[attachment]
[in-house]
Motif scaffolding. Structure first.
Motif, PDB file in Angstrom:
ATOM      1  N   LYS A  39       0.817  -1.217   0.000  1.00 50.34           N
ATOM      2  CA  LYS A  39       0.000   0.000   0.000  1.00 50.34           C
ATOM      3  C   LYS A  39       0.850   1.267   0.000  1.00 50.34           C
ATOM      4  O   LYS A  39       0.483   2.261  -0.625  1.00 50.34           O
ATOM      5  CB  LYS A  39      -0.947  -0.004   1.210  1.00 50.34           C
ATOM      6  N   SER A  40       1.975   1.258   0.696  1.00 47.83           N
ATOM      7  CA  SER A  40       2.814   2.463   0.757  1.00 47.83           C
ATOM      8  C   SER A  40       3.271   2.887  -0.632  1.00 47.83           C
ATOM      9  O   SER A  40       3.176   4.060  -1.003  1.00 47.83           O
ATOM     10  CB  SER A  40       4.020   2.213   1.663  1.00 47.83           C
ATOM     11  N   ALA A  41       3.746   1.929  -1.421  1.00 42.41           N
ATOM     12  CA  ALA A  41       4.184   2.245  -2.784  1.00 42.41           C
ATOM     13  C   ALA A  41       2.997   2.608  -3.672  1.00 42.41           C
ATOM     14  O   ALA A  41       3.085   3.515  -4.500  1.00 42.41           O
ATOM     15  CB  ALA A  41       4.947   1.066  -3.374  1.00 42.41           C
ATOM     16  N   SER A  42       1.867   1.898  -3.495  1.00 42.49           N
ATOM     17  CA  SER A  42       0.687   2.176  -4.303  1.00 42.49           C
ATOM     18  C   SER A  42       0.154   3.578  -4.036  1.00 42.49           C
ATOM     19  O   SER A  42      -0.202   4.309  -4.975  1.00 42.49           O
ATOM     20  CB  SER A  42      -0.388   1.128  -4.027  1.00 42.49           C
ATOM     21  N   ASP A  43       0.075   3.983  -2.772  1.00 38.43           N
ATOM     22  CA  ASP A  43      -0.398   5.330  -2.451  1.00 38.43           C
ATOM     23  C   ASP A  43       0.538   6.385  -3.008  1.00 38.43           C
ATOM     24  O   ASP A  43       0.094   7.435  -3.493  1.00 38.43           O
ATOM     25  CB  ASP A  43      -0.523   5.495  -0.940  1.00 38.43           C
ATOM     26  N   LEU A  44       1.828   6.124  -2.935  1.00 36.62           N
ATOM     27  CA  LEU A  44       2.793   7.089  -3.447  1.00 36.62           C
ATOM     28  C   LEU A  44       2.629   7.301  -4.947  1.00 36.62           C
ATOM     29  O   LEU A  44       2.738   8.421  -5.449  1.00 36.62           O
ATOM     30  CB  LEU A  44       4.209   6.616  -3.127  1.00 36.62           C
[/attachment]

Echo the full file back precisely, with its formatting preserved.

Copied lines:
[in-house]
Motif scaffolding. Structure first.
Motif, PDB file in Angstrom:
ATOM      1  N   LYS A  39       0.817  -1.217   0.000  1.00 50.34           N
ATOM      2  CA  LYS A  39       0.000   0.000   0.000  1.00 50.34           C
ATOM      3  C   LYS A  39       0.850   1.267   0.000  1.00 50.34           C
ATOM      4  O   LYS A  39       0.483   2.261  -0.625  1.00 50.34           O
ATOM      5  CB  LYS A  39      -0.947  -0.004   1.210  1.00 50.34           C
ATOM      6  N   SER A  40       1.975   1.258   0.696  1.00 47.83           N
ATOM      7  CA  SER A  40       2.814   2.463   0.757  1.00 47.83           C
ATOM      8  C   SER A  40       3.271   2.887  -0.632  1.00 47.83           C
ATOM      9  O   SER A  40       3.176   4.060  -1.003  1.00 47.83           O
ATOM     10  CB  SER A  40       4.020   2.213   1.663  1.00 47.83           C
ATOM     11  N   ALA A  41       3.746   1.929  -1.421  1.00 42.41           N
ATOM     12  CA  ALA A  41       4.184   2.245  -2.784  1.00 42.41           C
ATOM     13  C   ALA A  41       2.997   2.608  -3.672  1.00 42.41           C
ATOM     14  O   ALA A  41       3.085   3.515  -4.500  1.00 42.41           O
ATOM     15  CB  ALA A  41       4.947   1.066  -3.374  1.00 42.41           C
ATOM     16  N   SER A  42       1.867   1.898  -3.495  1.00 42.49           N
ATOM     17  CA  SER A  42       0.687   2.176  -4.303  1.00 42.49           C
ATOM     18  C   SER A  42       0.154   3.578  -4.036  1.00 42.49           C
ATOM     19  O   SER A  42      -0.202   4.309  -4.975  1.00 42.49           O
ATOM     20  CB  SER A  42      -0.388   1.128  -4.027  1.00 42.49           C
ATOM     21  N   ASP A  43       0.075   3.983  -2.772  1.00 38.43           N
ATOM     22  CA  ASP A  43      -0.398   5.330  -2.451  1.00 38.43           C
ATOM     23  C   ASP A  43       0.538   6.385  -3.008  1.00 38.43           C
ATOM     24  O   ASP A  43       0.094   7.435  -3.493  1.00 38.43           O
ATOM     25  CB  ASP A  43      -0.523   5.495  -0.940  1.00 38.43           C
ATOM     26  N   LEU A  44       1.828   6.124  -2.935  1.00 36.62           N
ATOM     27  CA  LEU A  44       2.793   7.089  -3.447  1.00 36.62           C
ATOM     28  C   LEU A  44       2.629   7.301  -4.947  1.00 36.62           C
ATOM     29  O   LEU A  44       2.738   8.421  -5.449  1.00 36.62           O
ATOM     30  CB  LEU A  44       4.209   6.616  -3.127  1.00 36.62           C